Even after years of dedicated judo training, both Mohamed Abdalarasool from Sudan and Fethi Nourine from Algeria refused to compete in the Tokyo Olympics when they were slated to perform against an Israeli athlete. In an official statement, Nourine said to an Algerian TV station, “We worked a lot to reach the Olympics… but the Palestinian cause is bigger than all of this.” This gesture of sacrifice and solidarity with Palestinians oppressed by Israel earned Abdalarasool and Nourine hero status in the Arab world and beyond.
Late last year, with the pandemic in full, brutal swing, Boris Johnson’s Conservative government in the U.K. announced a nearly 17 billion pound (what was then $21.9 billion) increase in military spending. The increase, spread over four years, represented the largest hike in “defense” investments since the end of the Cold War, and, while it was a tiny fraction of what the U.S. spends annually on defense, made clear Britain’s ambition to be seen as a global military superpower once more. In an era of escalating tensions between a U.S.-led NATO and Russia, and during a period in which economic competition between China and the West is increasingly morphing into a high-stakes arms race, Britain’s move to ramp up military spending made clear that the U.K. won’t be sitting out these new global struggles.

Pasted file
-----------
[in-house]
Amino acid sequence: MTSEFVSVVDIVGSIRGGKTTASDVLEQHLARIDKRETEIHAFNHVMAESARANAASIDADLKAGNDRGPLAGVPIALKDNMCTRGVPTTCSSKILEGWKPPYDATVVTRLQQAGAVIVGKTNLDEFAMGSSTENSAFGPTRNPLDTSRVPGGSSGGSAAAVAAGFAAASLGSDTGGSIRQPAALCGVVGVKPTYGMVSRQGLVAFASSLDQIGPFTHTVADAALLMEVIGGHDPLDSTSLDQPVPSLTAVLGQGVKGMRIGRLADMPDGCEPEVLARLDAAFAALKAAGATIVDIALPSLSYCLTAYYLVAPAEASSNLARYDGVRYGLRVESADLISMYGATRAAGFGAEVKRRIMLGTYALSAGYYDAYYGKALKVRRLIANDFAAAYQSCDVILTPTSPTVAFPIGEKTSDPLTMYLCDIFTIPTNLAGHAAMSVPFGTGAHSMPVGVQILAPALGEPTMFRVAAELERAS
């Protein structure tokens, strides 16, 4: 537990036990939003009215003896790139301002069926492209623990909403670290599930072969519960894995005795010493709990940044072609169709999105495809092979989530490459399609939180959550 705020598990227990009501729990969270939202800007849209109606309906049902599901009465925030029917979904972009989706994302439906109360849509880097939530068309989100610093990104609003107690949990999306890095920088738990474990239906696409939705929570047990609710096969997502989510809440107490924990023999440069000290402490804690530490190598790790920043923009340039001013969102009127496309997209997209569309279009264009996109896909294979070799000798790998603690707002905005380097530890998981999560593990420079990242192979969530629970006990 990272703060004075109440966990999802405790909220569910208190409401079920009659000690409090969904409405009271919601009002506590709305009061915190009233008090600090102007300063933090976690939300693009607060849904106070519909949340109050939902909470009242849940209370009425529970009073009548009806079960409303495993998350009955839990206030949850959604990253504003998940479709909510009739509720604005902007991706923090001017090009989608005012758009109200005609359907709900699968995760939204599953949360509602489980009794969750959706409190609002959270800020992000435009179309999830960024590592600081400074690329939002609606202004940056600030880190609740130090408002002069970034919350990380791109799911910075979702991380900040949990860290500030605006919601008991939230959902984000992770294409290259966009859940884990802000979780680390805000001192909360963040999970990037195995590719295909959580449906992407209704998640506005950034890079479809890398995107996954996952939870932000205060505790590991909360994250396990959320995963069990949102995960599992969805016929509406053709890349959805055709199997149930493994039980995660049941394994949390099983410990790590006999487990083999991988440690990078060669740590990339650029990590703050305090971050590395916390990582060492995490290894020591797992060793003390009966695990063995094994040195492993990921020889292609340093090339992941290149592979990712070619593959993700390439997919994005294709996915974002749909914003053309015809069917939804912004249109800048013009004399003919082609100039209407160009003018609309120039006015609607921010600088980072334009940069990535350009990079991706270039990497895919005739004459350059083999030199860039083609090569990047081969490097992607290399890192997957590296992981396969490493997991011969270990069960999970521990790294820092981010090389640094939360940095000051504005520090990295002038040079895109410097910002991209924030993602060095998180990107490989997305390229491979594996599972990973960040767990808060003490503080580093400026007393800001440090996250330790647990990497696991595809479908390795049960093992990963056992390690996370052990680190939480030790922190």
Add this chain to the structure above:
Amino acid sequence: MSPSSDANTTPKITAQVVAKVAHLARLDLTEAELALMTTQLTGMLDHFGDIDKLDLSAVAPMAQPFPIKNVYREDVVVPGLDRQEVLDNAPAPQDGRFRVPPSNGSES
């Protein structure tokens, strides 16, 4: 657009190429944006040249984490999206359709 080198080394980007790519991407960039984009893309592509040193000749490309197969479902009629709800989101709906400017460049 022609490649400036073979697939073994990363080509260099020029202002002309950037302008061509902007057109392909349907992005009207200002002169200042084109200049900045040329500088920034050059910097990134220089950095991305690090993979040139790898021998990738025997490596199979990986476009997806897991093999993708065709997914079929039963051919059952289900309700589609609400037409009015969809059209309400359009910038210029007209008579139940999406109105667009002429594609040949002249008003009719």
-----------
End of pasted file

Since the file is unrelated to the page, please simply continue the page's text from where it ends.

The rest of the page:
Environment & Health New COVID Variants Threaten to Make Pandemic Permanent Economy & Labor COVID Relief Packages Dramatically Reduced Poverty. They Should Be Permanent. Economy & Labor Predatory Banks at Walmarts Made Over 100 Percent of Profits From Overdraft Fees Environment & Health Biden to Set Goal for Half of All Vehicle Sales to Be Electric by 2030 Environment & Health MO Coroner Says He Alters Death Certificates If Families Dislike COVID Inclusion Environment & Health Biden Made Big Compromises on Climate — and Movements That Backed Him Are Livid My work days move to the sound of McCoy Tyner’s mastery pouring out of the Pandora app on the television. Every so often, and always against my better judgment, I’ll flip to one of the alphabet soup “news” networks to get an update on how screwed we are. They seldom disappoint, which is to say they always do, and I flee back to the piano of the gods at speed. Lately, however, those forays to CNN or MSNBC have been fraught with a special sort of gall. In between the litany of doom that is the average break-to-break broadcast, they’ve been showing wall to wall commercials congratulating viewers on COVID being over. “It’s been a long year, but now that things are getting back to normal…” intones one, followed by another announcing “We made it!” The imagery is all sunrises and maskless couples noshing pasta in crowded restaurants, everyone wreathed in smiles and presumably vaccinated… …and then the broadcast begins again: “Good morning, I’m Fippy Fuzznerf sitting in for Ankles McGee, and here are our top stories. There were more than 96,000 new cases of COVID-19 recorded yesterday alone, a two-week increase of 131 percent. Around the world, known cases of COVID have surpassed 4 million infections. Scientists credit the dramatic infection spike in this country to the national dominance of the highly contagious Delta variant, and to the fact that millions of Americans still refuse to accept vaccination. Leading COVID expert Anthony Fauci anticipates we may see as many as 200,000 new infections per day until this new spike recedes, or until enough people have gotten vaccinated. We’ll be right back after these messages.” “…Now that the pandemic is over, isn’t it time to start planning your special vacation at last? At BookYourCrap.com, we have all the tools you need to organize the trip you’ve been dreaming about for a year…” Sigh. Thanks to the incredible bungling of this crisis for vital months by the Trump administration, that last horse appears to have left the barn. “Early in the pandemic, when vaccines for the coronavirus were still just a glimmer on the horizon, the term ‘herd immunity’ came to signify the endgame: the point when enough Americans would be protected from the virus so we could be rid of the pathogen and reclaim our lives,” reports The New York Times. “Now, more than half of adults in the United States have been inoculated with at least one dose of a vaccine. But daily vaccination rates are slipping, and there is widespread consensus among scientists and public health experts that the herd immunity threshold is not attainable — at least not in the foreseeable future, and perhaps not ever.” There were more than 96,000 new cases of COVID-19 recorded yesterday alone, a two-week increase of 131 percent. Of course, it is not all gloom and shadows at this juncture. The number of people dying from COVID has plummeted, thanks almost entirely to the vaccines. Vaccination rates are ever so incrementally on the rise. Those who are vaccinated currently face a very low chance of enduring a virus “breakthrough” which infects them, and those who do become infected have a much, much lower chance of hospitalization. The vaccines are not seamless, a small percentage of people who got the shot(s) are still getting damn sick, but the drear finality of mass death at the end of a ventilator tube has receded dramatically for the time being. If that were the whole story, I would just put on my mask and bend my shoulder to the task of convincing as many people as possible to get vaccinated. I will still do so every single day, but there are weevils in this loaf that threaten to ruin all the progress we have made so far. Delta, you see, is not the only variant. New ones — specifically named Epsilon and Lambda — have emerged, and early research indicates these new breeds of COVID might be far more effective at breaching our vaccine defenses than Delta. “The Epsilon and Lambda variants of COVID-19 are ‘variants of interest,’ according to the Centers for Disease Control and Prevention (CDC), and early studies show they have developed a resistance to vaccines,” reports NJ.com. “Japanese researchers found the Lambda variant, which was initially discovered in Peru and is now spreading throughout South America, is highly transmissible and more resistant to vaccines than the initial COVID-19 strain…. Meanwhile, the Epsilon variant that was initially discovered in California in 2020 is spreading in Pakistan and is proving to be resistant to vaccines, according to researchers.” The current national conversation on COVID is not broad enough. It is essential to get millions more vaccinated — it’s an absolute top priority — but we must also recognize that we’ve let this thing burn for so long that it appears to be on the edge of evolving beyond our defenses. A virus evolves within its host at an astonishing rate. Every new host gives COVID a chance to concoct a variant with the ability to turn our vaccines into white wine spritzer, and as noted, there were almost 100,000 new infections yesterday in this country alone. The variant that partly defies our vaccines may have already emerged in the form of Epsilon or Lambda, but the research on those two has only begun. The Law of Large Numbers strongly suggests the emergence of a more strongly vaccine-resistant variant is going to happen sooner or later, and thanks to our bungled response for the first year of the crisis — and to the ongoing intransigence of millions who disdain science because it makes Donald Trump look bad — the rise of such a circumstance is all but inevitable. The TV commercials are peddling an alluring fiction, but the facts are difficult to dispute: This thing is not over, and the way matters are going, it may never be over. The wolf is through the door, and the feeding is fine indeed. Copyright © Truthout. May not be reprinted without permission.